Unpaid internships: why employers need to DIY

When it comes to internships there are strong arguments on both sides. This post will only delve into one side of the debate, so fans of balance, look away.

I’m not alone in disagreeing with unpaid graduate internships. I believe them to be reserved for university students who are looking to get a taste of their chosen industry and build up their CV while they’re financially supported elsewhere.

When it comes to graduates, the horror stories of internships seem to have worsened over recent years. Take this story, for example, of an illustrator’s first internship out of university.

If only it ended there. Graduates, beware – a new level has been reached. A friend recently told me story about one of her professional heroes who asked her to intern for an internship. We’ll call her The Editor.
A well-known, respected figure in a competitive industry and with an enviable CV, The Editor took a leap into entrepreneurship and needed an intern to help with a new start-up business.

She wanted to intern several people over the space of two months before deciding on one lucky mug to carry on with internship for four months with no solid job prospects at the end. She offered only travel and lunch expenses – her clever plan was to end up with the smartest of the bunch and all of the profit.

Realistically, anyone with a backbone will have told her to jog on, and of the remaining candidates it’s fair to say the more capable ones will have found a job elsewhere. The Editor will inevitably be left with some spineless, mildly talented sod who can’t get any better offer than to work for free for months on end. In other words, not exactly the perfect candidate to help you start a new business venture.

Stories like this prove (to me at least) that unpaid graduate internships need to cease existing. Play the game unfairly and you’ll attract the wrong people, set a bad example, and release people back into the wild having perpetuated the myth that free labour is acceptable. If you can’t pay someone to help, do it yourself.


  1. Totally agree with not abusing people but what about all those still at college / uni who need a placement as part of their course?

    We constantly have work placements coming through our office, have taken on two of them and provided at least five others with direct contacts for jobs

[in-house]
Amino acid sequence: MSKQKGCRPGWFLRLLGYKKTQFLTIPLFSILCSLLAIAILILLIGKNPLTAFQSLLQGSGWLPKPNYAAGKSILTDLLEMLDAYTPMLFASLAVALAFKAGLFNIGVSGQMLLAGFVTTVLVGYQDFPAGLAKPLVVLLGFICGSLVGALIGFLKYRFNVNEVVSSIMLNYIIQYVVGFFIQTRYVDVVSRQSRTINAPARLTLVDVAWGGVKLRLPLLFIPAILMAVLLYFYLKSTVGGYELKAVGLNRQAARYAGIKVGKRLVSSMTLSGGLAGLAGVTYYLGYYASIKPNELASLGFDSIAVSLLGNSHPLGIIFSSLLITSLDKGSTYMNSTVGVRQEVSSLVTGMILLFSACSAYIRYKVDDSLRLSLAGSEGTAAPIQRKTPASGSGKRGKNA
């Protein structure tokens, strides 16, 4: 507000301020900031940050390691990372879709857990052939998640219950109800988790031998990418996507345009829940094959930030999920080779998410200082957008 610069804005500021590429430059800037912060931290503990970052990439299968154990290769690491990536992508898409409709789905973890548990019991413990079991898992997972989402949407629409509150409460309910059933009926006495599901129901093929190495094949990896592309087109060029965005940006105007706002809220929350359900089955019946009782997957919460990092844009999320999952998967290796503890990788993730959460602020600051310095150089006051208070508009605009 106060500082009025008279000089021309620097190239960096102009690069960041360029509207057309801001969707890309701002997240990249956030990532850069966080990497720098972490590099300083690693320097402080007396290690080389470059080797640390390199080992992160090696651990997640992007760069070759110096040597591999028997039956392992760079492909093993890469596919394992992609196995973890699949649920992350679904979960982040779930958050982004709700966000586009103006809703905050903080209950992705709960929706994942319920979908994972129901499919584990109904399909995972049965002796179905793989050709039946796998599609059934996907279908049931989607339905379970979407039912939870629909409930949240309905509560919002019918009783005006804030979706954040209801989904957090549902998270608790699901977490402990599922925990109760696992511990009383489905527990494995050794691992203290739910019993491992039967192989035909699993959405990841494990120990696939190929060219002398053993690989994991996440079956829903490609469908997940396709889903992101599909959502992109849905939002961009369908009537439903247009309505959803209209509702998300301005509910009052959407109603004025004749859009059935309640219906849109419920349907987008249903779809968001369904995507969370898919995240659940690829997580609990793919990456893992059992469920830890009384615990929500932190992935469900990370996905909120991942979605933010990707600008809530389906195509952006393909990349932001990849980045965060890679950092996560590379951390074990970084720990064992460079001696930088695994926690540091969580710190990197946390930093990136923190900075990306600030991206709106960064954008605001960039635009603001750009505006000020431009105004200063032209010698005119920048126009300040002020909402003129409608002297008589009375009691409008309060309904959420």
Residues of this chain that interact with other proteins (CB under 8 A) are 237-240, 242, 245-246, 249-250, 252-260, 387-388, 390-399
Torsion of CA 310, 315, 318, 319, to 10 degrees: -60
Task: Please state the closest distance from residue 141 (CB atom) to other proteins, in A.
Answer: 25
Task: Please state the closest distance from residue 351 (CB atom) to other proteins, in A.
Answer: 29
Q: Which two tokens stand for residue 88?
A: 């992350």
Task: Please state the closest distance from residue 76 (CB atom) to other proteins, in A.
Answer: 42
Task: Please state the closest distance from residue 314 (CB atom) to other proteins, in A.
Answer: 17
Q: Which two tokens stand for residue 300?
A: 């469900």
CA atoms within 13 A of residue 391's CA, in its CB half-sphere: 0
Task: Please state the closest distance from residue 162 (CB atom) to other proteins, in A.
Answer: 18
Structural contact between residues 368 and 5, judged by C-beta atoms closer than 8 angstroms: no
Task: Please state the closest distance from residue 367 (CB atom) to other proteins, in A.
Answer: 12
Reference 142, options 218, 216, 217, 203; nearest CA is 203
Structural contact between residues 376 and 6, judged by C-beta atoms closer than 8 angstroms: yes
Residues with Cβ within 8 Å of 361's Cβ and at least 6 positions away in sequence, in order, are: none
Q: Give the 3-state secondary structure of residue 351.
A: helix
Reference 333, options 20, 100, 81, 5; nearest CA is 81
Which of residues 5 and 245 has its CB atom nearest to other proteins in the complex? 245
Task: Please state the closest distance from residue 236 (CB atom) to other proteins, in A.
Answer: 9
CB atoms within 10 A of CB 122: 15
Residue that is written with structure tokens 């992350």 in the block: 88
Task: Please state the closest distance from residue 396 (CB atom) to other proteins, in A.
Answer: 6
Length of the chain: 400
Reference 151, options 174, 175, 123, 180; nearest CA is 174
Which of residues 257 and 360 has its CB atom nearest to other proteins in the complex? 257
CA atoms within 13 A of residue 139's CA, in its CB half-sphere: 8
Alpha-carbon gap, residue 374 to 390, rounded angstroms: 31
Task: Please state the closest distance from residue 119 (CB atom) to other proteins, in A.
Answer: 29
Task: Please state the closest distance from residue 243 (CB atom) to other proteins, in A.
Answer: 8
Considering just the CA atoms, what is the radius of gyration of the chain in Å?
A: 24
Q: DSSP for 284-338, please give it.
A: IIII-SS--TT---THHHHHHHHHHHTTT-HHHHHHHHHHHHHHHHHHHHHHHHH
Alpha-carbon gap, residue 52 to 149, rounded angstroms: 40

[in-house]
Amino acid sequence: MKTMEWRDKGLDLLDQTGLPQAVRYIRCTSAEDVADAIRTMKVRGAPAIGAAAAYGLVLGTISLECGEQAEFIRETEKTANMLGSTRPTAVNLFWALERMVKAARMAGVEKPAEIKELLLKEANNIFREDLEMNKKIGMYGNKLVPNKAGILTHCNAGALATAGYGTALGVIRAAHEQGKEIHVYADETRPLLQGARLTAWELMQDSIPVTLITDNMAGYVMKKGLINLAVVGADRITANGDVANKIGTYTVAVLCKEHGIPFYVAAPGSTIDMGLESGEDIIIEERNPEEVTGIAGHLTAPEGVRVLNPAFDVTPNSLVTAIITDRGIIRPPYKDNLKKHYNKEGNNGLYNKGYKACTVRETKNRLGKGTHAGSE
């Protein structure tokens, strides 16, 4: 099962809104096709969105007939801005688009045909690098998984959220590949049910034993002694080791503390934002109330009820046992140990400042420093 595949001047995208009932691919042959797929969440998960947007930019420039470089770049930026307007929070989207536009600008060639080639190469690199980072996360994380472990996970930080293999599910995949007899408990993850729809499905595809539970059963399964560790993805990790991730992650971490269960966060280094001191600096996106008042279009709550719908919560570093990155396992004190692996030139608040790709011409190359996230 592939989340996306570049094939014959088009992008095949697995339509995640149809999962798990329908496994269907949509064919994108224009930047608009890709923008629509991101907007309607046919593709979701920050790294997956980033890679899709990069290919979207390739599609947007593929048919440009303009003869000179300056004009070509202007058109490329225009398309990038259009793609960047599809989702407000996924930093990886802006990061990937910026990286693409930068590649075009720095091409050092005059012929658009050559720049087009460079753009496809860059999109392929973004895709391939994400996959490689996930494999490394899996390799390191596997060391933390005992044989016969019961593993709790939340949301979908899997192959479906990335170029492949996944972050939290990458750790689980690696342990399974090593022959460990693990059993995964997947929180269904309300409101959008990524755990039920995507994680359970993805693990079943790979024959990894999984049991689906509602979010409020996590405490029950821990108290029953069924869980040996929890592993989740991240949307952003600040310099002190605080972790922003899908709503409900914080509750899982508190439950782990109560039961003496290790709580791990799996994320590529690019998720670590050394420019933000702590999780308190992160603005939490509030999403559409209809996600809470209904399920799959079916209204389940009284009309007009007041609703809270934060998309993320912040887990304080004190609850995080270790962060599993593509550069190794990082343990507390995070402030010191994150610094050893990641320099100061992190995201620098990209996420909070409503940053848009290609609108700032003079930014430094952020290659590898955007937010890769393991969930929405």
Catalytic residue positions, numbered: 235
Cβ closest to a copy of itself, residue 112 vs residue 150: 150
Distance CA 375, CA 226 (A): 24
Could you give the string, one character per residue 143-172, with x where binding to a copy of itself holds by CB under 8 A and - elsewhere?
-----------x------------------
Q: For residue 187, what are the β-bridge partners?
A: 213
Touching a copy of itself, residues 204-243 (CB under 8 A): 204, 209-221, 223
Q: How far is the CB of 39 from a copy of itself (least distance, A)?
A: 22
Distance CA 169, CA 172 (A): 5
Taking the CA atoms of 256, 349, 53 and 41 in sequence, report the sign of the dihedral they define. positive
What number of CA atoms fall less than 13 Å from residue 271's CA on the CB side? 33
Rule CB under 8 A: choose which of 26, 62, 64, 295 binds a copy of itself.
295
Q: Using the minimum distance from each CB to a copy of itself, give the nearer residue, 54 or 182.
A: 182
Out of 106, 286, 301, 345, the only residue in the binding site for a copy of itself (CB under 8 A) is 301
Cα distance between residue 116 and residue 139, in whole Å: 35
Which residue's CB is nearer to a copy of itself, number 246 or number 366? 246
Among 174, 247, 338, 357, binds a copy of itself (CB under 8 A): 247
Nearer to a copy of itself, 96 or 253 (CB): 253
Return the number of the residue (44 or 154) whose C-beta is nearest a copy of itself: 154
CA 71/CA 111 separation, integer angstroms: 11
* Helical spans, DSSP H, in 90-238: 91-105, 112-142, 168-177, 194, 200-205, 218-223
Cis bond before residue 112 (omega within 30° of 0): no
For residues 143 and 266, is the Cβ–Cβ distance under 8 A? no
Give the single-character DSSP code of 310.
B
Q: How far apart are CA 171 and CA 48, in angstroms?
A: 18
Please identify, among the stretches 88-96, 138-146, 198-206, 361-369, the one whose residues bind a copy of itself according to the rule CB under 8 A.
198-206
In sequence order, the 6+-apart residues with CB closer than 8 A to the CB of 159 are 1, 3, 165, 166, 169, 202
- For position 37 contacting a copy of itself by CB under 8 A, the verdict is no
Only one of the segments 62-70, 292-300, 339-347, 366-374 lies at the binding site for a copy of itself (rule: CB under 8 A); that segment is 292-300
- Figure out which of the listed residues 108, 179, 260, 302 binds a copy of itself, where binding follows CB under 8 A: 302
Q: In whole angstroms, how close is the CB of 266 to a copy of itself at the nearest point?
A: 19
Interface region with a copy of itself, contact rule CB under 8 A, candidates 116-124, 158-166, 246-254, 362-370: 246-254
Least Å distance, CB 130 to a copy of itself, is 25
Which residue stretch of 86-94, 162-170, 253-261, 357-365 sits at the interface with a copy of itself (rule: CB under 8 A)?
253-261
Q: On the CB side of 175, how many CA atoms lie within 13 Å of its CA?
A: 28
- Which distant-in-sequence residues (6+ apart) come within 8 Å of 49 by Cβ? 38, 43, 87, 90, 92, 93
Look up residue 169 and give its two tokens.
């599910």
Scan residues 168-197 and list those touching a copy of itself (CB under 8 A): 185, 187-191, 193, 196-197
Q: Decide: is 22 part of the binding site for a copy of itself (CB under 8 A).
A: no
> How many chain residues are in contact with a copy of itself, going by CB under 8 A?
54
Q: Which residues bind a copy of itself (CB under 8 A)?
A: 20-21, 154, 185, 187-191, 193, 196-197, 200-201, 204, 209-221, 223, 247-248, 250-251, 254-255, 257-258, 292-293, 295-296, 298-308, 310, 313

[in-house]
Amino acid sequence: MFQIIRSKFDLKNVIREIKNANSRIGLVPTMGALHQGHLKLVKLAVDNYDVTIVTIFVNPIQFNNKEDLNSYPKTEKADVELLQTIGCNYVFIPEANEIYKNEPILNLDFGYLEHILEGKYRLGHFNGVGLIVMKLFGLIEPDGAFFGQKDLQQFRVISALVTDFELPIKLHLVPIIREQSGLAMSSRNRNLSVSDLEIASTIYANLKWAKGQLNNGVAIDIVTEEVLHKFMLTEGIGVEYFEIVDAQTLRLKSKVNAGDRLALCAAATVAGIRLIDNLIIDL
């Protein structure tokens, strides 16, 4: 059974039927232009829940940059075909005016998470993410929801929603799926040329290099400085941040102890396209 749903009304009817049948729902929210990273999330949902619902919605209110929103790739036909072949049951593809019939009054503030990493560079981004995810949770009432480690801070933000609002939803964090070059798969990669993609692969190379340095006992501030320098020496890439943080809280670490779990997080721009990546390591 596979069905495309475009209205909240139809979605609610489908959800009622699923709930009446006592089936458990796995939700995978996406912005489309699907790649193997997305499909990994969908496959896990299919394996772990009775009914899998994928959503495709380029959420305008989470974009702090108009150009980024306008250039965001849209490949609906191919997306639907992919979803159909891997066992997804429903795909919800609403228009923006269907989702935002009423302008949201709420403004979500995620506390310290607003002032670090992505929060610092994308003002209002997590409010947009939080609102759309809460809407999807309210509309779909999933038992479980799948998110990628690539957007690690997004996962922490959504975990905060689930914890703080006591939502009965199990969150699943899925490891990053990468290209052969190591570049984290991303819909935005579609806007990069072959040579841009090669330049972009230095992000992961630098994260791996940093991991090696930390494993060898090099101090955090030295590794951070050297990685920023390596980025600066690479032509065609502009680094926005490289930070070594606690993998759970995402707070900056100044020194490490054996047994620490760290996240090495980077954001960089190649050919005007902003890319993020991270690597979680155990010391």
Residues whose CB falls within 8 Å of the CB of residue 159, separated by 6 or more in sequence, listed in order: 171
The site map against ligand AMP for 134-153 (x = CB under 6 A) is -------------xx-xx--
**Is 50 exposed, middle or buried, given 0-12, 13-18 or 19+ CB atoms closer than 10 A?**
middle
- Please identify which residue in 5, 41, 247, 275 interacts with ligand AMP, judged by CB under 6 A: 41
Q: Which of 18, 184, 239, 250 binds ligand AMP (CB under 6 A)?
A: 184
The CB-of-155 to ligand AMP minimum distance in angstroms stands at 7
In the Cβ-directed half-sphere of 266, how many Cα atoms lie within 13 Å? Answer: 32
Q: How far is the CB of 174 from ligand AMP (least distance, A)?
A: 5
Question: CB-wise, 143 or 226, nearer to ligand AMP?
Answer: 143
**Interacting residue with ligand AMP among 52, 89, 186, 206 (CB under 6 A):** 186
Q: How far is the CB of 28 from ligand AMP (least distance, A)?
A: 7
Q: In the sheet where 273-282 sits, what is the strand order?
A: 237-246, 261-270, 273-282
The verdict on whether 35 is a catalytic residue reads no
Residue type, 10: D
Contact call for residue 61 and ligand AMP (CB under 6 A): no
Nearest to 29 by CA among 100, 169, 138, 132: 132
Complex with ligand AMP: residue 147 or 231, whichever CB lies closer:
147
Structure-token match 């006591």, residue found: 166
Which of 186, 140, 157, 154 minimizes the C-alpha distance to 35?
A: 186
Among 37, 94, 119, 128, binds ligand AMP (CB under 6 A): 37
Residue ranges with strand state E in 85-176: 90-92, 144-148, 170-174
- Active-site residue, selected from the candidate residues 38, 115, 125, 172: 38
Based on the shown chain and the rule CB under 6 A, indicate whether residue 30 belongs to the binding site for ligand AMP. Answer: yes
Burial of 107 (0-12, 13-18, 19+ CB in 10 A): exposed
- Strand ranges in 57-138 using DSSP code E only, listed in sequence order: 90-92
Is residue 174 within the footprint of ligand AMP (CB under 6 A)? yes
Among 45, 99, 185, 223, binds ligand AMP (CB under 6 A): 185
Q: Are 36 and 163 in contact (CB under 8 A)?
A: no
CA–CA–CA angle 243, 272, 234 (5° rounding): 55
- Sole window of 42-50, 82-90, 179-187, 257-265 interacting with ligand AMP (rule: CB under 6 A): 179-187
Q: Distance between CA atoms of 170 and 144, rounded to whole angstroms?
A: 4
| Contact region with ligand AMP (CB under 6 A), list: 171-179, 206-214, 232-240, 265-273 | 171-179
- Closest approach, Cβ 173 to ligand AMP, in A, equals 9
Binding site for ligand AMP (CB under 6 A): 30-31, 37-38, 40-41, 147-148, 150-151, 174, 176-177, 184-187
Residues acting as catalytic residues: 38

2. Hello Vue - I think that distinction is there in the blog post. A placement whilst someone is at college is different, it's part of their education and should be treated as such. Really these are like the old term 'work experience'.

    Post grad, there's really no such thing as a placement - just 'free labour'.

  3. I once was interviewed for a full time job as a copywriter at a big ad agency, owned by Interpublic. They flew me over to their offices and we had the supposed interview. The next day they phone me up and ask me if I would be interested in working for them as an intern for €400 a month.

    I was laughing hard as I hung up on that stupid HR bitch.

  4. One of the worst parts of unpaid internships is the amount of discrimination they unwittingly cause.

    Anybody already living in London can afford to stay with their parents and dip their toe in the unpaid placement market to see if they fancy being a creative. However, people from outside of London or people from lower-income families simply can't do that. It's a major commitment for these people to even try getting into the industry.

    Cue less diversity and more middle-class Londoners in creative departments.

  5. Agreed M&D, it's a real problem for the ad industry.

  6. Phew, we're on the right side of things..! :)

  7. I always tend to get into discussions with people over this subject and I'm not scared of standing my ground when it comes to naming and shaming the companies who do this.
    I just read that story you used as an example and let me tell you something, I'm sure the girl is super talented and deserved a really good internship but that was just ridiculous. I don't understand why she kept going the full four weeks when I'm guessing the first week she was aware she was going to be doing all those sorts of things for the rest of the month. I know the feeling she was describing but I have too much love for myself and luckily parents that could support me a little bit longer if I decided to storm off right after I found out I had to be 'hoovering the stairs'. F* that! Also I worked part time for nearly 3 years(also while I was at uni) and didn't leave until I signed the contract for my first job which was probably 1 month after interning there and being paid.
    I guess you can call it luck but you can also call it standing your ground and having a bit of love for yourself.


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